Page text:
As a teacher, I am constantly looking for resources that will enhance the quality of educational opportunities for my classroom, while continually emphasizing the importance of my students’ responsibilities to their school community and families. I try to encourage a “market,” if you will, among the people who help our students grow to be productive citizens – the parents and teachers who, together, educate our children.
As a result, each year, I divide my class into groups where students must live as a fictitious family. They have to budget, balance a checkbook, invest in the stock market and learn about assigned countries of origin. They ended up learning about famous inventors from different countries, all the while developing valuable life skills.
After attending a Winning Ideas Weekend in San Francisco with my husband, a former izzit.org Teacher of the Year, I participated in izzit’s Win-Win Trading Game and knew instantly that I could use this activity in my own 4th grade classroom. I finally understood some of what my husband had been talking about all these years. At first, I struggled with the economic concepts with which my husband wished to “enlighten” me. I resisted the idea of these concepts being taught at a grammar school level. But that all changed.
It was apparent that a key concept such as free trade and the benefits of a free-market competitive society, indeed, had a place in the elementary classroom! I was ecstatic about the possibility of exposing the winning ideas of freedom into the minds of these youngsters. The question of how this would happen lingered.
It wasn’t until two years later that the idea came to me… Each year our school receives donated books. So how could we distribute these books most effectively? We decided to use izzit’s Win-Win: A Trading Game. I viewed my free copy of the Win-Win Trading Game DVD to brush up on how it should be played. And it occurred to me that our “fictitious families” from all over the world would be the perfect situation to bring the concept of free trade to the fourth grade classroom.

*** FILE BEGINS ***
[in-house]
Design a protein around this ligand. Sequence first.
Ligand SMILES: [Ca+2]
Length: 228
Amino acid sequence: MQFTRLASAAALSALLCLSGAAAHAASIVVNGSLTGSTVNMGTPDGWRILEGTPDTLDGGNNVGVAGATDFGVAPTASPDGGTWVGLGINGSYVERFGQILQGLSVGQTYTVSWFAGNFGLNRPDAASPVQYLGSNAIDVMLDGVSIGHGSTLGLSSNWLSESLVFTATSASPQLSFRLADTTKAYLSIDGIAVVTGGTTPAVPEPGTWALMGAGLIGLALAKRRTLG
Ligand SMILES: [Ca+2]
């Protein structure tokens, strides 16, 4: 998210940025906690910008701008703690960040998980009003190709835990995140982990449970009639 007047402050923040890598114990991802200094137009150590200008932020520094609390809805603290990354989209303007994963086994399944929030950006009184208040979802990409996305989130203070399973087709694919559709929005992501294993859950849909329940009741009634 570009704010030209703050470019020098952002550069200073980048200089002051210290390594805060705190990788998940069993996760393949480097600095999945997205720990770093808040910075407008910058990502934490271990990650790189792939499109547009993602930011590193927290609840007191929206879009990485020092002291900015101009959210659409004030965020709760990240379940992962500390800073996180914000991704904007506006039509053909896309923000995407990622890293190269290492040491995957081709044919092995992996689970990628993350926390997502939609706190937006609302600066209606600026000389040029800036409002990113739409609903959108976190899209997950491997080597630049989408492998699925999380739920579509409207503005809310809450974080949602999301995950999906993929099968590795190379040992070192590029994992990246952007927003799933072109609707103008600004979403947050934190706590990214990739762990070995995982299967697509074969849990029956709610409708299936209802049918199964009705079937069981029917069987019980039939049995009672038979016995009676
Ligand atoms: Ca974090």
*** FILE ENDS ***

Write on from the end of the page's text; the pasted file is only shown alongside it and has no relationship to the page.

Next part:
Students were asked to sit with their “family” in a “country-of-origin.” Each was given a book in a sealed paper bag. Students could either keep their book or trade with the other members of their family; suddenly they had a choice. A discussion followed regarding their limited choices within their countries. Before the students understood where this lesson was going, they insisted on trading with “other countries.”
Trading was now permitted with the other countries, and students quickly began to search for those particular books that were of interest to them. They understood, firsthand, how the simple act of being able to trade freely with the class led to a major increase in their satisfaction.
Discussion turned to global trade and the clothing everyone was wearing that morning. Clothing tags were identified, and the origin of the clothing was mapped out on individual student maps and on the large classroom map of the world. Students became aware of the global connection associated with their clothing, and witnessed a real life example of just how free trade makes more people satisfied. In the end, my students realized the much larger picture: our freedom to choose what we trade and with whom we trade makes for a better world.
By placing this video in my hands, izzit.org has given me the necessary tools to not only reach my students this year, but for years to come. I have already lent the DVD to my fellow grade-level teachers. And during our school’s next book giveaway, all 4th grade students will be participating in the trading game. With the addition of other “countries,” the overall satisfaction of the books donated will undoubtedly increase while promoting the concept of free trade.
By producing one high-quality video targeting a specific concept involving liberty, teachers have the opportunity to educate and enlighten millions of students, allowing them to become productive citizens. Thanks izzit.org!
“The most important single central fact about a free market is that no exchange takes place unless both parties benefit.” -Milton Friedman